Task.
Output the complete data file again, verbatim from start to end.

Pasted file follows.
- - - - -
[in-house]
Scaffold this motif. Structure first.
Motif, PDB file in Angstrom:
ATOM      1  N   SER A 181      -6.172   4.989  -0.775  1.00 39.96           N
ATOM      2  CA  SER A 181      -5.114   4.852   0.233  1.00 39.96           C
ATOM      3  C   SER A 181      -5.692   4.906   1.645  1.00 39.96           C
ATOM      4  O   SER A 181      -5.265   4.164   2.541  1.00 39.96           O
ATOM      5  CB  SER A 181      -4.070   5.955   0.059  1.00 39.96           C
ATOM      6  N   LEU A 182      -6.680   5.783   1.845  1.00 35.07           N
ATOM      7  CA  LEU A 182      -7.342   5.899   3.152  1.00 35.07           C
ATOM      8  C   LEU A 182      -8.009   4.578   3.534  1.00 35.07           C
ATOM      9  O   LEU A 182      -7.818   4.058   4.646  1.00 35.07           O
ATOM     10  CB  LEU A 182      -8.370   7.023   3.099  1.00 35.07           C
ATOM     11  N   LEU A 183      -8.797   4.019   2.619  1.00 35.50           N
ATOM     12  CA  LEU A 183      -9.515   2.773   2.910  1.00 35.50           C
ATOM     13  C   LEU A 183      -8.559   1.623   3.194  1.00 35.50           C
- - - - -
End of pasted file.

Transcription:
[in-house]
Scaffold this motif. Structure first.
Motif, PDB file in Angstrom:
ATOM      1  N   SER A 181      -6.172   4.989  -0.775  1.00 39.96           N
ATOM      2  CA  SER A 181      -5.114   4.852   0.233  1.00 39.96           C
ATOM      3  C   SER A 181      -5.692   4.906   1.645  1.00 39.96           C
ATOM      4  O   SER A 181      -5.265   4.164   2.541  1.00 39.96           O
ATOM      5  CB  SER A 181      -4.070   5.955   0.059  1.00 39.96           C
ATOM      6  N   LEU A 182      -6.680   5.783   1.845  1.00 35.07           N
ATOM      7  CA  LEU A 182      -7.342   5.899   3.152  1.00 35.07           C
ATOM      8  C   LEU A 182      -8.009   4.578   3.534  1.00 35.07           C
ATOM      9  O   LEU A 182      -7.818   4.058   4.646  1.00 35.07           O
ATOM     10  CB  LEU A 182      -8.370   7.023   3.099  1.00 35.07           C
ATOM     11  N   LEU A 183      -8.797   4.019   2.619  1.00 35.50           N
ATOM     12  CA  LEU A 183      -9.515   2.773   2.910  1.00 35.50           C
ATOM     13  C   LEU A 183      -8.559   1.623   3.194  1.00 35.50           C